Discrete Mathematics

Module aims

In this module you will have the opportunity to study the discrete mathematics that underpins formal aspects of Computation. Central to this is how to prove properties of systems, so the module begins with an introduction to different proof methods and how to construct a proof both informally and formally. You will then study fundamental discrete structures such as sets, relations and functions and their associated properties. The module ends with an overview of induction, which will prepare you for a follow-on module on program reasoning.                

Learning outcomes

Upon successful completion of this module you will be able to:

  • construct mathematical proofs using informal and formal reasoning
  • show properties over sets
  • establish the character of a relation between sets
  • determine whether two sets have the same cardinality
  • understand the fundamental difference between natural numbers and reals
  • recognise an inductive definition and be able to construct an inductive proof with it   

Module syllabus

  • Proof methods: The relation between human thinking and allowed steps in mathematical proofs, and how to formalise proofs.
  • Sets: equality, set construction (intersection, union, powerset, product), and partitions  
  • Relations: relation construction (inverse, intersection, union, complement), equivalences, and transitive closure
  • Peano arithmetic: axiomatisation of natural numbers, and the principle of induction
  • Function: properties of functions (injection, surjection, bijection), composition, inverse
  • Cardinality: finite v infinite sets, equivalence between sets through bijective functions, Cantor's theorem
  • Inifinities: countability, Cantor's diagonalisation argument, uncountable sets, comparing inifity of rationals v that of reals
  • Orderings: partial orders, irreflexivity, total orders
  • Induction: generalisation of Peano's principle of induction

Teaching methods

The material will be taught through traditional lectures, backed up by formative exercises designed to reinforce the material as it is taught. Classroom sessions will comprise traditional lecture material interspersed with problem solving, using selected formative exercises as examples. Some of the other exercises will be covered in small-group tutorials, Personal Maths Tutorials (PMTs), which are weekly one-hour tutorials run by academic tutors and Undergraduate Teaching Assistants (UTAs). These tutorials encourage group discussions and group problem solving designed to reinforce your understanding of key topics in logic, discrete mathematics, algorithm design and program reasoning. The remaining exercises are intended for you to use for self-study.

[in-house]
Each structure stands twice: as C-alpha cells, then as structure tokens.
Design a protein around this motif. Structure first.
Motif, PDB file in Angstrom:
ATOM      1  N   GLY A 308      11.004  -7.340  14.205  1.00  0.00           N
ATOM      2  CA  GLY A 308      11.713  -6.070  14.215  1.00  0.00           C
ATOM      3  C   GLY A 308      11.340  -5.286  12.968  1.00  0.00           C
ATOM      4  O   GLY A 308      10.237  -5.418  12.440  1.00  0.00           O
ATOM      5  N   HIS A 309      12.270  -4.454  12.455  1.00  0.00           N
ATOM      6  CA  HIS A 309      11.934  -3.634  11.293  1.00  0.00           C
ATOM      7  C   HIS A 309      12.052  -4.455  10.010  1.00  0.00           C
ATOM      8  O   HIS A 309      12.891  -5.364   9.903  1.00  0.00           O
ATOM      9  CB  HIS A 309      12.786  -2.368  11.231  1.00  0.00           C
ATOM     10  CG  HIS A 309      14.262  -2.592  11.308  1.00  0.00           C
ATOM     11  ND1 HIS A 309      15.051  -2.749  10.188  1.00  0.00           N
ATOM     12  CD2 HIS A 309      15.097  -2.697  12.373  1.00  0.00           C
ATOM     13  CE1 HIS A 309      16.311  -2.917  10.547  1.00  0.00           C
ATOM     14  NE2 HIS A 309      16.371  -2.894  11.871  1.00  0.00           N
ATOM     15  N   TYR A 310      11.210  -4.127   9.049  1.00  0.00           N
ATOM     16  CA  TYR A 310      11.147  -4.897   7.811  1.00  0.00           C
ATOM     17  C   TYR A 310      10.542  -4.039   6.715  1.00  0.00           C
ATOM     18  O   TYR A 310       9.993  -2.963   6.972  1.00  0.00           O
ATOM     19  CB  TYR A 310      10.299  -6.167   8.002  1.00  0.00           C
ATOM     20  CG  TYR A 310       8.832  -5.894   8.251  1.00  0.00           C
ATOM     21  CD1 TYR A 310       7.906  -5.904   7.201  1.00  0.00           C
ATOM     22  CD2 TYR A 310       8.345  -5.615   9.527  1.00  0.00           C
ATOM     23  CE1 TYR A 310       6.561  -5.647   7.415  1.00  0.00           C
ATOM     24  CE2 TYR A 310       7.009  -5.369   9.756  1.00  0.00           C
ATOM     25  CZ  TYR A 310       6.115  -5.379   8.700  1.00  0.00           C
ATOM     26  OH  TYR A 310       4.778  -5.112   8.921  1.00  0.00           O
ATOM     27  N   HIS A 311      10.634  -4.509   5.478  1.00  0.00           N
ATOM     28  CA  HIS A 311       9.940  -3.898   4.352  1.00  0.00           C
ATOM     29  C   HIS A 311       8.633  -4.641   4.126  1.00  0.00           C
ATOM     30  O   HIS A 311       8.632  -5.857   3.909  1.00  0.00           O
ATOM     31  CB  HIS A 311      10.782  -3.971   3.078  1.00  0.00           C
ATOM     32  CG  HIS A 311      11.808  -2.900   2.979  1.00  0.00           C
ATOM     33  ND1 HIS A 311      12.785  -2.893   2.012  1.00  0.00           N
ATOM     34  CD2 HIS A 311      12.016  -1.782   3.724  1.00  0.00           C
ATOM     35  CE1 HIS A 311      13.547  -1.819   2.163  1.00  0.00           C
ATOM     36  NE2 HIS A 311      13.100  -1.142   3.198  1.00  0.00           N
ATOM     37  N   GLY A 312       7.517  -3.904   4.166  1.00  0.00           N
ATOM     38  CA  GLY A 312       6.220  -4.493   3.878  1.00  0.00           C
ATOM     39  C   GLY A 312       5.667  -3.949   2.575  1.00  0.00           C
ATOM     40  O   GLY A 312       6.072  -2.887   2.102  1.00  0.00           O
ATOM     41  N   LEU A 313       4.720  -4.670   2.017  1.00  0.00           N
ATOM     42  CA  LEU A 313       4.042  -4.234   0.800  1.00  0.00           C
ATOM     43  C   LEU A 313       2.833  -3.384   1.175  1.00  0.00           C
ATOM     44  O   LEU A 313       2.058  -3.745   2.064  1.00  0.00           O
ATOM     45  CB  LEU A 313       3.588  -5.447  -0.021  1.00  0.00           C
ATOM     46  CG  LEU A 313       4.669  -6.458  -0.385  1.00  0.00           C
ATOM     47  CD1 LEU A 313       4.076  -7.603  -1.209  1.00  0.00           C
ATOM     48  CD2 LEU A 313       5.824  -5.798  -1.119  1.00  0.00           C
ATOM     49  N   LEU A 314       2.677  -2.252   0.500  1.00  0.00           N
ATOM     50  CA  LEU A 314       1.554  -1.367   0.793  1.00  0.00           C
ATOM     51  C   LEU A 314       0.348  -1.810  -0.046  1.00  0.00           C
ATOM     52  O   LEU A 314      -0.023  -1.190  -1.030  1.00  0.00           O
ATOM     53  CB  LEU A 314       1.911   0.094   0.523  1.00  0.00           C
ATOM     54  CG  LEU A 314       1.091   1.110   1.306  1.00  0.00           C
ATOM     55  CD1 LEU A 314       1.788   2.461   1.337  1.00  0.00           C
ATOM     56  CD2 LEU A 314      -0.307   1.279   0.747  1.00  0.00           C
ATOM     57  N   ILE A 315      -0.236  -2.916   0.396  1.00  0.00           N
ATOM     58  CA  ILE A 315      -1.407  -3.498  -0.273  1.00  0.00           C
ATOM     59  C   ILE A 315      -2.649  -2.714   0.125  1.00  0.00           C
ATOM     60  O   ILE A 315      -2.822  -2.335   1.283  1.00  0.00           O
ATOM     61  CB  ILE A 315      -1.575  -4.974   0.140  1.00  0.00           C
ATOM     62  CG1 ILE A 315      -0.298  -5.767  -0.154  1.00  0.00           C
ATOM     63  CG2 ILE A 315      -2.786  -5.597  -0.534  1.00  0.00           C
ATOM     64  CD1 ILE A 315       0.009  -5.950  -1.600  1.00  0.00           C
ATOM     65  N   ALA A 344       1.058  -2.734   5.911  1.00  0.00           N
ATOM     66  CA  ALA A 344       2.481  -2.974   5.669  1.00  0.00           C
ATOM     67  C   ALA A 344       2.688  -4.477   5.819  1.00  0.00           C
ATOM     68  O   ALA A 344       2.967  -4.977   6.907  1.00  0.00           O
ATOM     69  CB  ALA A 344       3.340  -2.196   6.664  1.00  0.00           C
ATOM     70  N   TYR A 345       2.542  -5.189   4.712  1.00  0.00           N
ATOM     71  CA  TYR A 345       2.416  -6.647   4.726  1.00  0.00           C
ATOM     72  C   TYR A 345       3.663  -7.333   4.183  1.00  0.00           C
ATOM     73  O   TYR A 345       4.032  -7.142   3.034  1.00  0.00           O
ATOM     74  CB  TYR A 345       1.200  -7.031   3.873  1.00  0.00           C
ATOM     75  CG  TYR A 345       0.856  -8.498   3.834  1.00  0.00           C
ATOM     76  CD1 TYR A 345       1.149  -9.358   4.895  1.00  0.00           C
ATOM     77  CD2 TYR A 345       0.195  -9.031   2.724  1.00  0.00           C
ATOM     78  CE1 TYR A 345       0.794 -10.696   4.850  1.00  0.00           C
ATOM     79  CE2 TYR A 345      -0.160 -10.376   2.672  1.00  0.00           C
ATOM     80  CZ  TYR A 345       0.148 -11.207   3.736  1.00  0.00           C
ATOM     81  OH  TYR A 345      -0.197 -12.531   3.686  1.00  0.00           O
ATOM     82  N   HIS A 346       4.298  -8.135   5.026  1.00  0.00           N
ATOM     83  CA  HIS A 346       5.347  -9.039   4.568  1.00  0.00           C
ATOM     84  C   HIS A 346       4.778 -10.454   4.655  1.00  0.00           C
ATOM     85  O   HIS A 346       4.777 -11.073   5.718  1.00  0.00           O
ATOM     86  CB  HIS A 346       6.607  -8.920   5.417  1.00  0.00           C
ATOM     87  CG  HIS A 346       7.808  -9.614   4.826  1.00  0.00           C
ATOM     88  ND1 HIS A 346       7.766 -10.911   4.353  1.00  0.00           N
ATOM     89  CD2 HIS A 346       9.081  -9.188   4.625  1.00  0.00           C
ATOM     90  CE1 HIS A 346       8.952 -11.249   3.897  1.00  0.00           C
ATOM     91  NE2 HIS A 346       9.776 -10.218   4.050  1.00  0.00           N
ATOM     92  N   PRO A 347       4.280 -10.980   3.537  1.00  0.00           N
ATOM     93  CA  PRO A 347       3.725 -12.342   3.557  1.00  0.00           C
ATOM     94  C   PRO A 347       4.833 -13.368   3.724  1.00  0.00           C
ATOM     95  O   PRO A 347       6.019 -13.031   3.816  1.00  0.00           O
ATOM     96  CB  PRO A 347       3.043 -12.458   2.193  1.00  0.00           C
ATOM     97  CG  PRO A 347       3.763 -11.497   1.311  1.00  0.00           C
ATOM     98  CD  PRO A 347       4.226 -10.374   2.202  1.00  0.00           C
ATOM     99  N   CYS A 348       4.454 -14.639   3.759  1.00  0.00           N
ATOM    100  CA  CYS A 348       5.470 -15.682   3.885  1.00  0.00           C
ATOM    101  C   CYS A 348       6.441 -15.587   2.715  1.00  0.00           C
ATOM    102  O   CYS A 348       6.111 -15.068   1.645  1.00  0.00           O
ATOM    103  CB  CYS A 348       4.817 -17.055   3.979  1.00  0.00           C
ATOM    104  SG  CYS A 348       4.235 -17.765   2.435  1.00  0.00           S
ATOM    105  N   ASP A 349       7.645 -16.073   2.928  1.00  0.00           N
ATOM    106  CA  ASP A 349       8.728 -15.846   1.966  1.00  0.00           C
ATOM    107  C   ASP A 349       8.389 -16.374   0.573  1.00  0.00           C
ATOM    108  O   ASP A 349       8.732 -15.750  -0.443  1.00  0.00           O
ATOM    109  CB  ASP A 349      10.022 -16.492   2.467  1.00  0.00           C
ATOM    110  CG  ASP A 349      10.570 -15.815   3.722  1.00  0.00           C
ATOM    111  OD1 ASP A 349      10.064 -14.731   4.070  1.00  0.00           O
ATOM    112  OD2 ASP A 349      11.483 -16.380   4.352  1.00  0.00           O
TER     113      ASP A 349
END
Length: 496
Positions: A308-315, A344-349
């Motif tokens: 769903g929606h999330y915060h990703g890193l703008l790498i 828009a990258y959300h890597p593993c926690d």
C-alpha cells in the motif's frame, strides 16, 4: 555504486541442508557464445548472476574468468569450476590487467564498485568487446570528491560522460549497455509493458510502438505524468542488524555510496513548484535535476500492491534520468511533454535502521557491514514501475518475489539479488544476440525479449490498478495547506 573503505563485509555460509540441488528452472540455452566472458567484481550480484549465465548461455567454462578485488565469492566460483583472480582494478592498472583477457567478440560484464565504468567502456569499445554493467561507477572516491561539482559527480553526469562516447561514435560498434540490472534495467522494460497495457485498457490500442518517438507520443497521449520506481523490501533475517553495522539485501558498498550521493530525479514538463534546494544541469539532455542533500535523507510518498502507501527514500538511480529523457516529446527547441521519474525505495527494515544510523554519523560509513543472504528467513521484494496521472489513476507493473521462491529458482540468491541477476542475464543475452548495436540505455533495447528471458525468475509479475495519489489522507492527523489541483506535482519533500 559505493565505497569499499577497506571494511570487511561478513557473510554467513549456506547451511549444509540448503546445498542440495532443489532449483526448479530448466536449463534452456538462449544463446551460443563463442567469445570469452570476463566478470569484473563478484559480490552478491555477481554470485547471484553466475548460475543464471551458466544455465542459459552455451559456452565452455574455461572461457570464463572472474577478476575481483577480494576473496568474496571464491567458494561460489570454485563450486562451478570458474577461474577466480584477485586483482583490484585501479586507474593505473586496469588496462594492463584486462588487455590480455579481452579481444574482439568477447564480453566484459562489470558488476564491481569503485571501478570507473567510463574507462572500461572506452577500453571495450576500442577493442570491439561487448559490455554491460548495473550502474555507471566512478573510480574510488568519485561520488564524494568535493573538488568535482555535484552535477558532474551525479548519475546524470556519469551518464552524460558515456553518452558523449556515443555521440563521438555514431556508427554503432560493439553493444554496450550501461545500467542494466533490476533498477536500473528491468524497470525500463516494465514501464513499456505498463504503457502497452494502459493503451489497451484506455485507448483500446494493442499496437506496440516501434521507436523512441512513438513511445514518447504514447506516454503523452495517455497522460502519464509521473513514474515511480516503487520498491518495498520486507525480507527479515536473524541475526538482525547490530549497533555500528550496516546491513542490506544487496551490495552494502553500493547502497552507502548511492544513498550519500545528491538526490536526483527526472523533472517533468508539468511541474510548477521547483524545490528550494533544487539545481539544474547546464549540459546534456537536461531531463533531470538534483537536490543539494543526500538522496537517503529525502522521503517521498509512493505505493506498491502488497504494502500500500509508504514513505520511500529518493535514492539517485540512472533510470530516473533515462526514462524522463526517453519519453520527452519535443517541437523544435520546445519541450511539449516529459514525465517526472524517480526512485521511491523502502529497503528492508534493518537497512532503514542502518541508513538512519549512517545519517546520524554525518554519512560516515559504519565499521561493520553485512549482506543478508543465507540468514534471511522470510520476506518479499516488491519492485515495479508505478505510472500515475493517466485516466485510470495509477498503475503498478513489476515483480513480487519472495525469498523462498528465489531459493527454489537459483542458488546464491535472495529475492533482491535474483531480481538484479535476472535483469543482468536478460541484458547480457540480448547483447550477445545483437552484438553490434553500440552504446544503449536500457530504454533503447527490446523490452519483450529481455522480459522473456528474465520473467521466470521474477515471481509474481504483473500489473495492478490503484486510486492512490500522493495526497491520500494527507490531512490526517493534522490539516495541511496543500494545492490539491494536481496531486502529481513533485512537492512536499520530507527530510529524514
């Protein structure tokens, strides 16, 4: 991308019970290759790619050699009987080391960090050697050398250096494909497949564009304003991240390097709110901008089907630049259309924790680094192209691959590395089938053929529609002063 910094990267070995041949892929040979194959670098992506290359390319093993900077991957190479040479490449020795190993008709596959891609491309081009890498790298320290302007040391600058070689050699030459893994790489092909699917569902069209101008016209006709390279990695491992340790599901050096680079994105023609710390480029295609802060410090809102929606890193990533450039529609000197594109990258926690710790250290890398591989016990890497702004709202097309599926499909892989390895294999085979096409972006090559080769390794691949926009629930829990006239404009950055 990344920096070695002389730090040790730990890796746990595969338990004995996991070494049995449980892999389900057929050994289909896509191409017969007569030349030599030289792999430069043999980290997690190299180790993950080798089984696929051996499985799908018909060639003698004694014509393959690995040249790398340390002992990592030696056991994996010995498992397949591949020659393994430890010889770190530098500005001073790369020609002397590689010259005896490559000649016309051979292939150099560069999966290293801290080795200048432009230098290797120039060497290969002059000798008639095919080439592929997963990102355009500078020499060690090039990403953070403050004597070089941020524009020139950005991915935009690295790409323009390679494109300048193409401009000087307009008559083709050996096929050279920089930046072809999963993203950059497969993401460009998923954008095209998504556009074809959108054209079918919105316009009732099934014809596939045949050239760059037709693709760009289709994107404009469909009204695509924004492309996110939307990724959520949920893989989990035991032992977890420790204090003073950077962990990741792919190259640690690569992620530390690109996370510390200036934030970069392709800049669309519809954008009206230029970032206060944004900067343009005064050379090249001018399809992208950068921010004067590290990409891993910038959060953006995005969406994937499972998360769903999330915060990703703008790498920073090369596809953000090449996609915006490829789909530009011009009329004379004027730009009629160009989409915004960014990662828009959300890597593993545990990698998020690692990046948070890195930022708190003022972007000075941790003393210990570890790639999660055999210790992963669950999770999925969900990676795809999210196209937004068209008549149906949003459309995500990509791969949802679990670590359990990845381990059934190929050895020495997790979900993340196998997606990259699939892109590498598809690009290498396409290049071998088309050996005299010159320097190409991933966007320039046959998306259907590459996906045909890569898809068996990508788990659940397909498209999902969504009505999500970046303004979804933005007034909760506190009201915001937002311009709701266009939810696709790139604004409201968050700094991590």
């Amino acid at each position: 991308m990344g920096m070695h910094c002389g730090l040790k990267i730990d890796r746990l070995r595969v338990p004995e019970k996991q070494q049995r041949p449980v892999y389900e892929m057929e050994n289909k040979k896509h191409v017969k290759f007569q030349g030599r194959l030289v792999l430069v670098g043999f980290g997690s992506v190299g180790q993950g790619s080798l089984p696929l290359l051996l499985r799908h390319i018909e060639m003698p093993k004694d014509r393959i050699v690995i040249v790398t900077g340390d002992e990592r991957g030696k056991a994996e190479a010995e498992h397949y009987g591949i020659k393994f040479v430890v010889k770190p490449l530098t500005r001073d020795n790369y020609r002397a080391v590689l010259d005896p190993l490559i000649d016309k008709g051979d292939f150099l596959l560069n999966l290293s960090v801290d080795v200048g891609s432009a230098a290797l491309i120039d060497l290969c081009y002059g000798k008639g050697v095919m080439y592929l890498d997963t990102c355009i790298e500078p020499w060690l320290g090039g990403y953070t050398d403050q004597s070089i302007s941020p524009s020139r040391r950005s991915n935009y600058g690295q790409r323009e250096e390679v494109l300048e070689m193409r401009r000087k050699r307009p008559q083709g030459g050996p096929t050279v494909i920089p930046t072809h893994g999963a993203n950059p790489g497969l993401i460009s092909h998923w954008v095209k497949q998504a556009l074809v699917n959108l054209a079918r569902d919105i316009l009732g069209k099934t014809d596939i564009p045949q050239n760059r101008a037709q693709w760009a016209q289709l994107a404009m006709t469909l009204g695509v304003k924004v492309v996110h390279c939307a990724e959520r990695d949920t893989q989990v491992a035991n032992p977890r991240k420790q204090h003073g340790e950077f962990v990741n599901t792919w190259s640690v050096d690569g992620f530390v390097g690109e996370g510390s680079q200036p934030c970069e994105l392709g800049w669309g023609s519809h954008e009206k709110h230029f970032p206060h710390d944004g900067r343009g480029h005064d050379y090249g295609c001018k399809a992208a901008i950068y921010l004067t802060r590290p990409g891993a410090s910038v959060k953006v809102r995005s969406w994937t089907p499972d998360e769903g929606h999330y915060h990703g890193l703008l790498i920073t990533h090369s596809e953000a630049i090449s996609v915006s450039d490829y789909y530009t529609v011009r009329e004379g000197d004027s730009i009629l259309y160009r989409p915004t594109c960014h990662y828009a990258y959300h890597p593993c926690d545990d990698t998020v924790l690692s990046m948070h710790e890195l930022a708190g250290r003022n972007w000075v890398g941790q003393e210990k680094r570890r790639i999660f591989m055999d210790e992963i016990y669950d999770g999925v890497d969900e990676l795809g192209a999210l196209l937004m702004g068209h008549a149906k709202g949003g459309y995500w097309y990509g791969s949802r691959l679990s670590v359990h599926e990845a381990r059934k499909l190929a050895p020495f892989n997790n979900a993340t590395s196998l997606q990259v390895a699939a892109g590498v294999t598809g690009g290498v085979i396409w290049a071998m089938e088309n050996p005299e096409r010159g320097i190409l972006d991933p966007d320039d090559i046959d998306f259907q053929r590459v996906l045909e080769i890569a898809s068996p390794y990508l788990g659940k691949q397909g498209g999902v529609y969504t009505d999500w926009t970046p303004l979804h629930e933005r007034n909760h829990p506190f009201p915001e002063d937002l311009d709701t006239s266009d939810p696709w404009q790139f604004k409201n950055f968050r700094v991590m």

The Piazza Q&A web service will be used as an open online discussion forum for the module.    


There will be one assessed test that contributes 15% of the mark for the module. There will be a final written exam, which counts for the remaining 85% of the marks. The exercises selected for the PMT tutorials will be assessed by your academic tutor and UTA. This assessment does not count to your final degree mark, but is intended to give you an indication of how you well you are assimilating the material taught and how effectively you are applying that material to solving previously unseen problems.       

Detailed feedback, both written and verbal, will be given on the exercises covered in the PMT tutorials. These exercises will be issued approximately every two weeks and written feedback will be returned the week after submission. You will receive written feedback on the assessed coursework exercise, which counts for 15% of the module mark. There will also be opportunity for you to receive feedback during the in-class problem solving sessions.          

Reading list

Supplementary reading

Module leaders

Dr Steffen van Bakel